Expressing Their Fear

Dogs’ reactions to fear range from cowering and hiding to defensively growling and biting in front of people or a particular type of person. If your dog seems to be afraid of tall men, for example, perhaps they remind the dog of a tall man that hurt them. Or tall men just appear more intimidating.


Your Response to Your Dog’s Fear

When your dog is still a puppy and that fear crops up, it’s easy to scoop them up and coddle them. But you won’t be able to do that with your Rottweiler in six months, and coddling won’t address the fear. The most important thing is to learn how to treat our dogs like dogs.

Your dog can sense your mood and reaction to strangers, and they will take cues from you. So, when possible, stay calm and positive. If you are tense and uncomfortable, your dog will be, too.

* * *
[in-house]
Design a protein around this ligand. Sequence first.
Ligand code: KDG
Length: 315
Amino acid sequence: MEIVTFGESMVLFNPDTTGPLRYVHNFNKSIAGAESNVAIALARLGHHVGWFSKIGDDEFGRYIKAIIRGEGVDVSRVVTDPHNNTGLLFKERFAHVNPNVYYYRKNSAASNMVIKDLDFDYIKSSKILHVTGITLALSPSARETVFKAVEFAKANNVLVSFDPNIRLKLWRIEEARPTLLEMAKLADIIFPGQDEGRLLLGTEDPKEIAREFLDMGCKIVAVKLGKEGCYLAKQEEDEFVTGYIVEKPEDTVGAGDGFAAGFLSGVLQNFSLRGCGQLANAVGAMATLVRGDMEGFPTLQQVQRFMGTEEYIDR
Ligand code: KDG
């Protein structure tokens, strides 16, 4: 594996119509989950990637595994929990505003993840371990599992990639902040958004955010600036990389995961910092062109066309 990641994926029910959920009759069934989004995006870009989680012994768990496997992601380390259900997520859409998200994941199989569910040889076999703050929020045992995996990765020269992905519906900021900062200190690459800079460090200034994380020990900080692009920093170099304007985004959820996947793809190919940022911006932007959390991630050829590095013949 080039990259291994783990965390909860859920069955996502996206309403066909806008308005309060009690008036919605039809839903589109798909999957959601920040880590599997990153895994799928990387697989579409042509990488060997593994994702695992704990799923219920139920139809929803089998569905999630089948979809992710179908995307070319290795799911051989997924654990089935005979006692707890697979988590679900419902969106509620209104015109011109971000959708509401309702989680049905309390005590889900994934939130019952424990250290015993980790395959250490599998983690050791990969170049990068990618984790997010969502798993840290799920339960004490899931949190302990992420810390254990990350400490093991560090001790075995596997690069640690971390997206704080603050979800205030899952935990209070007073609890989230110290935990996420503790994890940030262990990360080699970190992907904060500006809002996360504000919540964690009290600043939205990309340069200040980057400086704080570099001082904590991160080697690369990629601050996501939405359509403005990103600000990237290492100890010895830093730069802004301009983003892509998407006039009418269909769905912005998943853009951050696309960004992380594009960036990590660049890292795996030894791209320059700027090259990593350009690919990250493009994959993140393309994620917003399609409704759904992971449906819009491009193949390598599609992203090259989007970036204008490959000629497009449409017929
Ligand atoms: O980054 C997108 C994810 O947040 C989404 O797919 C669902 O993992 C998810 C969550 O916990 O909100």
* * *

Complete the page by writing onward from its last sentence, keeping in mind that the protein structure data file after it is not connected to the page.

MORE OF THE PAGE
Reducing Stranger Anxiety

For your dogs to be comfortable around different people, you have to take your dog out and practice, especially with a puppy. Get out there and expose your dog to different scenarios. It may be challenging for the dog sometimes, but over time, the dog learns they don’t need to be nervous. 


Desensitization and Counterconditioning

Desensitization is gradually introducing the dog to the stimulus, first from far away, then gradually closer as the fear eases. Counterconditioning is replacing negative, fear-based associations with positive ones. Both take a great deal of time and patience.


Let Your Dog Lead the Interaction

If you have a fearful dog, don’t expect them to meet every stranger. Forcing the issue can lead to fear biting. Instead, let the dog initiate an interaction with a stranger, and don’t make them accept someone touching them, especially children.


Have New Visitors Ignore the Dog

This way, the dog will not feel threatened. No petting, no eye contact. Let the dog decide what they are comfortable with. 


Give Your Dog a Quiet Space to Go 

If a guest arrives and they are too much for your dog, have a room or a crate for them to go to and feel safe. Separating your dog from the stranger can be the safest thing to do.